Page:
We were getting worried: we hadn’t had any news from Elon Musk for a few days.
While we don’t have any substantial updates on his rumored next in-ring challenge against Mark Zuckerberg, here it is the Twitter owner is once again making headlines with an apparently more… substantial announcement. We say in appearance, because when it comes to Musk we have already learned it: until a statement from him materializes, it could be one of the many shots that remain so.
For now (we are writing on the morning of Monday 24th July) on the home page the legendary blue bird still stands out from the social network of twitters. But let’s get to the news: Musk announced the new Twitter logo, which will be an X. Goodbye little bird, in short.
The announcement of the new Twitter logo
The announcement of the new Twitter logo followed Musk’s style perfectly. Who expressed himself, as usual, through a series of tweets, with the usual somewhat convoluted and approximate form. Faithful reflection of a way of deciding that really seems to be based on improvisation rather than solid programming.
However, at 6:06 on Sunday July 23 Elon Musk writes: “If a good enough X logo is posted tonight, we’ll make go live worldwide tomorrow.” That is: “If a good enough X logo is released tonight, tomorrow we will send it live all over the world.” As if to say: we are rehearsing the logo live.
Two minutes earlier another tweet had appeared, under the banner of a certain megalomania (therefore always in the Musk style). Which read: “We will soon be saying goodbye to the Twitter brand and, gradually, to all the birds.” Beyond the disturbing hunting nuance contained in the message, this second twitter would suggest a non-immediate replacement of the company logo.
The new Twitter logo on Musk’s profile
If the bird is still firmly established as a Twitter icon, the X already appears in Musk’s profile.
It is the symbol presented in a third tweet, with a short video. A white X on a black background, with the diagonal descending to the left formed by two white bands and the internal space also black.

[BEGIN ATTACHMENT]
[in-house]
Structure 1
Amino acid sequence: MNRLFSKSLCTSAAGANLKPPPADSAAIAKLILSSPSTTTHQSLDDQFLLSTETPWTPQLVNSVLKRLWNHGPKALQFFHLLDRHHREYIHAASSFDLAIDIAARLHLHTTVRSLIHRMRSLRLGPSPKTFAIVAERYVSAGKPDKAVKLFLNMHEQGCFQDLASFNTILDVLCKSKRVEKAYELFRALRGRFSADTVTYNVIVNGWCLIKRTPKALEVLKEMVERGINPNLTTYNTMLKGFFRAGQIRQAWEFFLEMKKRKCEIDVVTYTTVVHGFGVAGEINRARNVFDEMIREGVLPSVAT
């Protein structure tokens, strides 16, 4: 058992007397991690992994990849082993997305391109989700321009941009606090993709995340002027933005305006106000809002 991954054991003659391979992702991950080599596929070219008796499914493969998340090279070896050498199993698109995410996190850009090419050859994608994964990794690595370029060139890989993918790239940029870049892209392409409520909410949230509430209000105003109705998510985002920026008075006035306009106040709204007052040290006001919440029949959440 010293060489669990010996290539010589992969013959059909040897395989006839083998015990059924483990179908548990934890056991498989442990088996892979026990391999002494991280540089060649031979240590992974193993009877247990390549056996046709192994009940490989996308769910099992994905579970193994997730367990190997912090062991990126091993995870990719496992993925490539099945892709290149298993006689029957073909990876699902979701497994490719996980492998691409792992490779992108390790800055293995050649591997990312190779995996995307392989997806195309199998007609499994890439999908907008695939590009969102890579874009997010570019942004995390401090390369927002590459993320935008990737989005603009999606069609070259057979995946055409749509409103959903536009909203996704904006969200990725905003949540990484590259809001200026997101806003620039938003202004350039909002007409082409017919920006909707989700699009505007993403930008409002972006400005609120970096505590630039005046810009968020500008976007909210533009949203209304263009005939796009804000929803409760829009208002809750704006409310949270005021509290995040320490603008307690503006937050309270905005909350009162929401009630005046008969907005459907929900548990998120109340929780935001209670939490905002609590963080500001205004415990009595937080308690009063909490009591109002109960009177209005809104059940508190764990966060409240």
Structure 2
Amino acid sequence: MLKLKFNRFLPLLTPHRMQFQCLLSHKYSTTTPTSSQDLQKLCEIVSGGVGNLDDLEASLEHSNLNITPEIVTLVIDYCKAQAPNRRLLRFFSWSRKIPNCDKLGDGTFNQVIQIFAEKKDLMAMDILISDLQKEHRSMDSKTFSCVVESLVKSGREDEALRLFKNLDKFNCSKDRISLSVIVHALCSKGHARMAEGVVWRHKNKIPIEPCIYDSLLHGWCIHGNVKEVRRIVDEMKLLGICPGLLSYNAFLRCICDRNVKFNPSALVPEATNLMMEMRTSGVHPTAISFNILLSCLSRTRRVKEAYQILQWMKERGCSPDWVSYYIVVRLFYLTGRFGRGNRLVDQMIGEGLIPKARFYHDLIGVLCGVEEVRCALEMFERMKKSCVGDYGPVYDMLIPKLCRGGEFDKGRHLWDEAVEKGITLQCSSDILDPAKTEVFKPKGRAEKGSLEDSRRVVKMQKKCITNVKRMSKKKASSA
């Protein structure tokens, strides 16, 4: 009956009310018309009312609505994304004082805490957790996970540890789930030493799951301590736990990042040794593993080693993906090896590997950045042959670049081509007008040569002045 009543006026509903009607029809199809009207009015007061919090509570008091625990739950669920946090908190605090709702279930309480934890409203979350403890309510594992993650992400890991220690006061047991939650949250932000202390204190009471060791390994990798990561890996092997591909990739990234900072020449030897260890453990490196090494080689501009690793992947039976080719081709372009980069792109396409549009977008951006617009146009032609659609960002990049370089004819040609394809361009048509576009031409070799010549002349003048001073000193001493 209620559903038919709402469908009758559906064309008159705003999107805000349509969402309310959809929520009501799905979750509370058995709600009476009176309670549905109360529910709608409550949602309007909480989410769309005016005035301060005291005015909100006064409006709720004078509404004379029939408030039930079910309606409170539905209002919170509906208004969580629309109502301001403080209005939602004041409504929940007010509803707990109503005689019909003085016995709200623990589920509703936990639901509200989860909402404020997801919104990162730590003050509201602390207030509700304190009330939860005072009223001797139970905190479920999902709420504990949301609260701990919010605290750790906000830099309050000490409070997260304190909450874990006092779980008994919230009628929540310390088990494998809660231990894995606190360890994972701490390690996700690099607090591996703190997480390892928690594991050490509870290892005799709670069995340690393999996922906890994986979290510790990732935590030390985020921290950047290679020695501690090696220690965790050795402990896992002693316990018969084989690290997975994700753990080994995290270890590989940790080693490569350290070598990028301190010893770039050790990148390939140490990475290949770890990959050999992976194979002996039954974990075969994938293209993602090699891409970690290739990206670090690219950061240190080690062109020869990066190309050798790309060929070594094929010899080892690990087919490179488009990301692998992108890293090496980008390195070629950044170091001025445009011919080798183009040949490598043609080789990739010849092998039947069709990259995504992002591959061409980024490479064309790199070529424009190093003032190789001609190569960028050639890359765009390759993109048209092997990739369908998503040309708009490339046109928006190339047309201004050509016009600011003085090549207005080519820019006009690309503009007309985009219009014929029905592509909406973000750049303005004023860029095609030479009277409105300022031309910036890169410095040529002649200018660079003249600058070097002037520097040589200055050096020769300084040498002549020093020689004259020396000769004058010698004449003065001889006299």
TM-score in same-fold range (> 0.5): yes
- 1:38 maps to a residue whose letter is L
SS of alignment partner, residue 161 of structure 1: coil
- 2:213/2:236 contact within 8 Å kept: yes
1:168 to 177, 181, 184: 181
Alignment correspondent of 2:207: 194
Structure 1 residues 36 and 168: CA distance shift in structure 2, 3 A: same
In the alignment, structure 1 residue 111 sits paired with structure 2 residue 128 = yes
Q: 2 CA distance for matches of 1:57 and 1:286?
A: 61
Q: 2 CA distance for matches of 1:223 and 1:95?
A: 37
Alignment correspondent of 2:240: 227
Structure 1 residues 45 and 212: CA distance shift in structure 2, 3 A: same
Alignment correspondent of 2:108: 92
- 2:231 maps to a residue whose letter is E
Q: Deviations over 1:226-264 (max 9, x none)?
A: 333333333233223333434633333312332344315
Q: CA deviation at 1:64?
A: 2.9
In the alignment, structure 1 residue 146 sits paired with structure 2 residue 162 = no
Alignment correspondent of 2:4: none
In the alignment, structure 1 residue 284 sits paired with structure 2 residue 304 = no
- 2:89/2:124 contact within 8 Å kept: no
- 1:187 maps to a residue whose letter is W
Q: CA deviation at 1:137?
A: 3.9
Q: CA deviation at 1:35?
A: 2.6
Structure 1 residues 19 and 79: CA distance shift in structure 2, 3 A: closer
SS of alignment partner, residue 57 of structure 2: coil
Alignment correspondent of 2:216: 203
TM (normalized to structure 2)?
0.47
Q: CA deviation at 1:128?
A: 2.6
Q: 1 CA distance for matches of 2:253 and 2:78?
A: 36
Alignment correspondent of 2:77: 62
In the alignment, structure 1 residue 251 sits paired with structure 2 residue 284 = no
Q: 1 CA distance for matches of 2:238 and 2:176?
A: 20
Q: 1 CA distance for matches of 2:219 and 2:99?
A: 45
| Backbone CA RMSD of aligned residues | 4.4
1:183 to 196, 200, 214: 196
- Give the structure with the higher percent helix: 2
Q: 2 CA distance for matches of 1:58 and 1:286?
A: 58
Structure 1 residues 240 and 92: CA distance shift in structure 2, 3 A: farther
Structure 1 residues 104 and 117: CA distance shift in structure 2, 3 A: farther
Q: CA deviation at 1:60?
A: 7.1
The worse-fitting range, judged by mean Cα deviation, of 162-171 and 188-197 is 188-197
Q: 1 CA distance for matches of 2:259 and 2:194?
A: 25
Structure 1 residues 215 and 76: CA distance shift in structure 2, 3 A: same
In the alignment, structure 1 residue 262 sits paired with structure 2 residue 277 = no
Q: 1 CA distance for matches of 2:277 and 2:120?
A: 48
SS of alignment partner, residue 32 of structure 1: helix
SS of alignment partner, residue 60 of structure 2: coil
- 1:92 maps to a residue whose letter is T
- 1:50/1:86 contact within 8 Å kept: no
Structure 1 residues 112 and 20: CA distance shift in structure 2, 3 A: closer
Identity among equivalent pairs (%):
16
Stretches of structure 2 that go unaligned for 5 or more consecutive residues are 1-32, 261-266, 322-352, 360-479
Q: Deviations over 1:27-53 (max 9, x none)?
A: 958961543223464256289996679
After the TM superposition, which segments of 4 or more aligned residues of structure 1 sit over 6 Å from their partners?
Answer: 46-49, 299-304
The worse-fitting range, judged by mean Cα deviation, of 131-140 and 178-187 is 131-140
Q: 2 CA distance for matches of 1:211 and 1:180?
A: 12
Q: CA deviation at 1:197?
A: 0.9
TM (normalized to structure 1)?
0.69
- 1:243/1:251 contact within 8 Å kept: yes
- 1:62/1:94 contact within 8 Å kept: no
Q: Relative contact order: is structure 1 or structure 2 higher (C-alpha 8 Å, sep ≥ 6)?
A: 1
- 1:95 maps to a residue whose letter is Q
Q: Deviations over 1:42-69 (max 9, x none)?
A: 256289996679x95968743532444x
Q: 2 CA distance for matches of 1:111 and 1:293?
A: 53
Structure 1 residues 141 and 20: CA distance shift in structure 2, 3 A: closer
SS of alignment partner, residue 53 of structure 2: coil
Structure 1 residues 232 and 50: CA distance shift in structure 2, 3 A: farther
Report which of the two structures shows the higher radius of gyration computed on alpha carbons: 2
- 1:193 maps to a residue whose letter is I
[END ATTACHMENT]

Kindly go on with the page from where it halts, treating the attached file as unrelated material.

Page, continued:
Will we soon be saying goodbye to the Twitter bird?
Towards the farewell to the bird Larry
The new Twitter logo would therefore retire Twitter’s bluebird.
Which has a name, Larry, in honor of the great basketball player Larry Bird. Twitter was born in 2005, Larry appears in 2010 alongside the naming for two years until, in 2012, it remains the only symbol of the platform.
But what kind of bird is Larry? There are those who would have identified it as an Asian bird, the black-naped monarch, whose scientific denomination is Hypothymis azurea.
The X Obsession (and more)
With a further tweet written a few hours later, Musk shows a photo of himself with his arms in an X, and in the background an advertising panel of the Tesla Model X.
The caption of the tweet is inevitable: “I don’t know what little clues have heralded it, but I like the letter X”. And memory goes easily not only to Space X, but also to the recent announcement of the birth of xAI, an artificial intelligence company that announces itself as a competitor to OpenAI. And let’s not forget X.com, the startup founded in 1999 by a very young Elon Musk, which later became PayPal.
Behind the decision to change the Twitter logo, many have seen the desire to… distract users from some recent unpopular decisions. Like that, to mention the latest in chronological order, of limiting the number of readable posts in a day.
And yet, those who follow the character know, Elon Musk’s obsession with the letter X goes far beyond a purely formal fact.
Towards a total app
We recall that already in April the commercial name of the company had been changed from Twitter Inc to X Corp.
More generally, Elon Musk has long expressed his desire to create what has been defined as a “total app”, along the lines of the Chinese WeChat. And that it should have been called X.
Last year, the idea for App X was an alternative to acquiring Twitter if the deal didn’t pan out. Now, however, it could be a transformation, starting with the new logo. Also because, since Musk is the owner of Twitter, he seems to have done everything to make the application unwelcome to users. Which, after 15 years on the market, are now around 363 million.
While the competitor app of his archenemy Zuckerberg, or Threads, in just ten days has already reached 100 million users.